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Manuscript Title: Density-functional theory calculations for poly-atomic systems: electronic structure, static and elastic properties and ab initio molecular dynamics.
Authors: M. Bockstedte, A. Kley, J. Neugebauer, M. Scheffler
Program title: fhi96md
Catalogue identifier: ACTF_v2_0
Distribution format: tar.gz
Journal reference: Comput. Phys. Commun. 107(1997)187
Programming language: Fortran.
Computer: IBM RS/6000.
Operating system: UNIX.
RAM: 32M words
Word size: 32
Keywords: Solid state physics, Crystal field, Density-functional, Local-density, Generalized gradient, Pseudopotentials, Plane-wave basis, Super cell, Molecular dynamics, Optimization structure, Total-energy, Potential-energy surface, Chemical binding, Diffusion surface, Reactions, Crystals, Crystals defects, Molecules.
Classification: 7.3.

Nature of problem:
In poly-atomic systems as for example molecules [1,2], crystals [3,4], defects in crystals [5,6], surfaces [7-9], it is highly desirable to perform accurate electronic structure calculations, without introducing uncontrollable approximations. This enables the predictive description of equilibrium properties as well as of non-equilibrium phenomena for a wide class of materials. Examples studied with the present code or its predecessor include meta-stabilities of defects [5-10}, surface reconstructions [11,12], diffusion [9,13], surface reactions [14-16], and phase transitions [17]. Molecular dynamics simulations combined with first-principles forces are a powerful tool to analyze the motion of the nuclei [13,18] and to accurately calculate thermodynamic properties such as diffusion constants and free energies [13]. The computer code described below enables this variey of investigations. It employs density-functional theory [20] together with the local- density approximation [21,22] or generalized gradient approximations [23-25] for the exchange-correlation functional.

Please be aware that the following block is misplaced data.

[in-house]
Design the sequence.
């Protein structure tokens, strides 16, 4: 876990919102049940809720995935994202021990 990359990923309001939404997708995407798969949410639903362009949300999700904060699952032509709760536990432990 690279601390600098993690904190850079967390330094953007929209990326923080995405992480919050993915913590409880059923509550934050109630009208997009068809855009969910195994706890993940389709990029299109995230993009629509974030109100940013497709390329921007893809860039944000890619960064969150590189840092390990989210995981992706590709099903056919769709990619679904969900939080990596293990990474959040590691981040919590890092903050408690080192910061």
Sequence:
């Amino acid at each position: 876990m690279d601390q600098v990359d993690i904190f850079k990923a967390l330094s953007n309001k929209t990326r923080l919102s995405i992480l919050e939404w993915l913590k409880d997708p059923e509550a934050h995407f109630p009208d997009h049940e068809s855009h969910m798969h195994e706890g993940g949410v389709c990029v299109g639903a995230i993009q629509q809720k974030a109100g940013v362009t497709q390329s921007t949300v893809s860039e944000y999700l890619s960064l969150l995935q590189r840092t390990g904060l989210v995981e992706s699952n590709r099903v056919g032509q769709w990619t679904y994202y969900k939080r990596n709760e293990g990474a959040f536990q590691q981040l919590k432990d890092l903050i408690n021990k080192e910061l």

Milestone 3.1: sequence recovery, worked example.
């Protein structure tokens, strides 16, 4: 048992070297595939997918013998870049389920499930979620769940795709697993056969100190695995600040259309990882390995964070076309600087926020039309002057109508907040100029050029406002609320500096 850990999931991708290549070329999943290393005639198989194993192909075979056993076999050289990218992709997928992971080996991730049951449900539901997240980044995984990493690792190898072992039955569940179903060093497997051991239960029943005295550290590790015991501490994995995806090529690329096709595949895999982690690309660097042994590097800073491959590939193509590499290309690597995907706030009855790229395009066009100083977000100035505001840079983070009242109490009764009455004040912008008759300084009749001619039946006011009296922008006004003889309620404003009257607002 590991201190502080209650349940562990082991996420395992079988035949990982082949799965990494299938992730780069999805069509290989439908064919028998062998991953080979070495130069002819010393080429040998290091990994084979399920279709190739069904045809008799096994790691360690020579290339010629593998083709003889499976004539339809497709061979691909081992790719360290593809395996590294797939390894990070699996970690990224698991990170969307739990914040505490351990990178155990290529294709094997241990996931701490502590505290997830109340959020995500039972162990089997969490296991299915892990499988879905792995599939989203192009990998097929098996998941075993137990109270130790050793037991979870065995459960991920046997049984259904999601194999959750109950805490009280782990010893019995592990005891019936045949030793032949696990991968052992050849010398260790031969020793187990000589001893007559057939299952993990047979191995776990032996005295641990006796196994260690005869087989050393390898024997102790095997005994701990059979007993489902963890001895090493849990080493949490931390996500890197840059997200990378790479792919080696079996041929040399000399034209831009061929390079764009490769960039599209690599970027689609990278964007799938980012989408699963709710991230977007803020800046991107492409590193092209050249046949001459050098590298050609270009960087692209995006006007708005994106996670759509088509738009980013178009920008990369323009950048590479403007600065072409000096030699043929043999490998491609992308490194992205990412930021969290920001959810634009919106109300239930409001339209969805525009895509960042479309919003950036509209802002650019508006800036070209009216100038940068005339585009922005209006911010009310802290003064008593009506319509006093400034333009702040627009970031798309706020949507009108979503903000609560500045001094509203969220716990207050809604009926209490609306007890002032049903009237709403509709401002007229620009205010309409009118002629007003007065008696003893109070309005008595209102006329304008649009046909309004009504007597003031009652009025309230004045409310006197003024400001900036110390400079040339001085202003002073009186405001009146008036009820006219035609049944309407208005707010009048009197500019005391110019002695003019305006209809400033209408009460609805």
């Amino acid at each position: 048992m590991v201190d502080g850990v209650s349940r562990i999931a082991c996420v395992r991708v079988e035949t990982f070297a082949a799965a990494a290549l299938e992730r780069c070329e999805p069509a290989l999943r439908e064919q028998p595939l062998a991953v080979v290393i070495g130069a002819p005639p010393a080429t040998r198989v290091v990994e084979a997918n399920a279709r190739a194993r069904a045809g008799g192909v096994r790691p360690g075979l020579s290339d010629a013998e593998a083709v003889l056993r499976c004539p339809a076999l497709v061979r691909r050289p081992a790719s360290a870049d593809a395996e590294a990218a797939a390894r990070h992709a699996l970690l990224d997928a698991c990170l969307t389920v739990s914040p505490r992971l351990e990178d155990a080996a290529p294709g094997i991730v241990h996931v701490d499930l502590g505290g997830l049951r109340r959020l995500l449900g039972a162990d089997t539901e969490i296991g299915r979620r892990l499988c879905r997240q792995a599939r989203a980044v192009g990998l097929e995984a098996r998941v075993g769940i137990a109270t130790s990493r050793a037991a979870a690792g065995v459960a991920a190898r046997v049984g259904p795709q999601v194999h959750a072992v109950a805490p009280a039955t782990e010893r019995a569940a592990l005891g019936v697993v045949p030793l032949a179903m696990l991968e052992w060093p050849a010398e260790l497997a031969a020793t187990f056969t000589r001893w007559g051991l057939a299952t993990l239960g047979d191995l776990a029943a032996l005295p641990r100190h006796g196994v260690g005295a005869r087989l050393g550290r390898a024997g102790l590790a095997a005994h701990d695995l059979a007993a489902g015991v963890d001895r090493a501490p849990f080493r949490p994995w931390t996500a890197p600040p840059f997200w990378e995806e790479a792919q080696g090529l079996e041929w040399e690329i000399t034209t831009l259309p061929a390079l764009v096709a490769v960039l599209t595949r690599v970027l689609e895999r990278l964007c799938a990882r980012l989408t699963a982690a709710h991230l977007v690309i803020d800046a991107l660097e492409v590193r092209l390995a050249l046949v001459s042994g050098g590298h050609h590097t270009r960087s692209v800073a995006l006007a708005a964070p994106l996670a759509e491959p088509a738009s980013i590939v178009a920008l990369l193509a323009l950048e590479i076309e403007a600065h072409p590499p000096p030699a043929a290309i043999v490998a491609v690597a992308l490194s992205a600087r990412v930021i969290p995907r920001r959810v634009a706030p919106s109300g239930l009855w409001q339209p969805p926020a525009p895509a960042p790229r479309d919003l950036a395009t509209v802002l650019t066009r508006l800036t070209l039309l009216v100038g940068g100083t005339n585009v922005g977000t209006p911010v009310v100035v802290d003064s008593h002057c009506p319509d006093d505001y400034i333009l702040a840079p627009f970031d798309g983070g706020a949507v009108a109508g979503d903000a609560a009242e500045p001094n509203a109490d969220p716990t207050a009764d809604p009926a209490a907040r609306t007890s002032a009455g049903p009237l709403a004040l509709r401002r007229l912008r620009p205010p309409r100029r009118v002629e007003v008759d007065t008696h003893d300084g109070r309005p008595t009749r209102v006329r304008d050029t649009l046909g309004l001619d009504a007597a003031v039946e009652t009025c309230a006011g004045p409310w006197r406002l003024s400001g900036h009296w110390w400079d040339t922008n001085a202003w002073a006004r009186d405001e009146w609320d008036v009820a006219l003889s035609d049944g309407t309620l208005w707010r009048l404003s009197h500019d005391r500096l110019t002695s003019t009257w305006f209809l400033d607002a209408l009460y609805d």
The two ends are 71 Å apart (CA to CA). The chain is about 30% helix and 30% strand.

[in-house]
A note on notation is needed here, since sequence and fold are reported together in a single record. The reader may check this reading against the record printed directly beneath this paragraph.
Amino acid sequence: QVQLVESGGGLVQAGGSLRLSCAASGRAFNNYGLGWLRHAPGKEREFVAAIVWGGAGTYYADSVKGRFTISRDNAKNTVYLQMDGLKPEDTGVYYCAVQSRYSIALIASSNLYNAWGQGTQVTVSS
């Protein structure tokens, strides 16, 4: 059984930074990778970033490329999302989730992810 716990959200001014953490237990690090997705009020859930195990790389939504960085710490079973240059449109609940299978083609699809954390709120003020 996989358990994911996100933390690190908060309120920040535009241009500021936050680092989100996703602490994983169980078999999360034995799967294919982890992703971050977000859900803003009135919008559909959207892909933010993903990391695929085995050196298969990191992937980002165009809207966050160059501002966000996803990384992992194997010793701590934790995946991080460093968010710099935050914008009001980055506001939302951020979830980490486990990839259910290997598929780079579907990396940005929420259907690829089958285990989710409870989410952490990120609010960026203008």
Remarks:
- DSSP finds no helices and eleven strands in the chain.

Solution method:
Ab initio molecular dynamics on the Born-Oppenheimer surface is implemented by a two step method. In the first step the Kohn-Sham equation [26] is solved self-consistently to obtain the electron ground state and the forces on the nuclei. In a second step these forces are used to integrate the equations of motion for the next time step. The calculation of the total-energy and the Kohn-Sham operator in a plane- wave basis-set is done by the momentum-space method [27]. To solve the Kohn-Sham equation the package fhi96md employs the iterative schemes of Williams and Soler [28] and Payne et al [29]. We use the frozen-core approximation and replace the effect of the core electrons by norm- conserving pseudopotentials [30-33} in the fully separable form [34]. The equations of motion of the nuclei are integrated using standard schemes in molecular dynamics such as the Verlet algorithm. Optionally an efficient sructure optimization can be performed by a second order algorithm with a damping term.

Restrictions:
Only pseudopotentials with s-, p-, and d-components are implemented. For highly correlated systems (e.g. f-electrons) the treatment of the exchange-correlation interaction is not appropriate. Relativistic effects are included via scalar relativistic pseudopotentials. The system is assumed to be non-magnetic, but a generalization of the program to magnetic states is straight forward.

Running time:
The test run took 6 min.

References:
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[7] J.A. Alves, J. Hebenstreit and M. Scheffler, Phys. Rev. B 44, 6188 (1991).
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[17] N. Moll et al, Phys. Rev. B 52, 2550 (1995).
[18] A. Gross, M. Bockstedte and M. Scheffler, submitted to Phys. Rev. Lett.
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